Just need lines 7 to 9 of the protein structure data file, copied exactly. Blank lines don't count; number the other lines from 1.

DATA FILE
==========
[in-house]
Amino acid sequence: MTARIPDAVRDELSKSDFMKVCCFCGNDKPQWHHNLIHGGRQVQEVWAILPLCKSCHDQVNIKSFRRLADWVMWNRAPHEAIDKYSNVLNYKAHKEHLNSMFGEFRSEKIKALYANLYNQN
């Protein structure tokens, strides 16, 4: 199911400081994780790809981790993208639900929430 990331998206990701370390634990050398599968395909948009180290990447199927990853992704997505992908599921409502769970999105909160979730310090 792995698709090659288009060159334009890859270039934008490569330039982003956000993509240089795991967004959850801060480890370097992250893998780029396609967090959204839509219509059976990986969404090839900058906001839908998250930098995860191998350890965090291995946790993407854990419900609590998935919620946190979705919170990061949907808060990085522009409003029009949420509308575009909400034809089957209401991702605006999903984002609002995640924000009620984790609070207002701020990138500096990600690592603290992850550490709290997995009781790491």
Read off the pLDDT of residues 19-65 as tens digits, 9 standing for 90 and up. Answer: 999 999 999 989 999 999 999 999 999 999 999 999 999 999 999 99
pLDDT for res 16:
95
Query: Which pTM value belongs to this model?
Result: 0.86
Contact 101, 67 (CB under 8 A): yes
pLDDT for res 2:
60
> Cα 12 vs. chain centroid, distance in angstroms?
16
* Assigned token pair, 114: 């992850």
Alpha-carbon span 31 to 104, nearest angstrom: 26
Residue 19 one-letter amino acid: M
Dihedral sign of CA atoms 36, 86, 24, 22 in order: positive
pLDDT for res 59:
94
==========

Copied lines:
Query: Which pTM value belongs to this model?
Result: 0.86
Contact 101, 67 (CB under 8 A): yes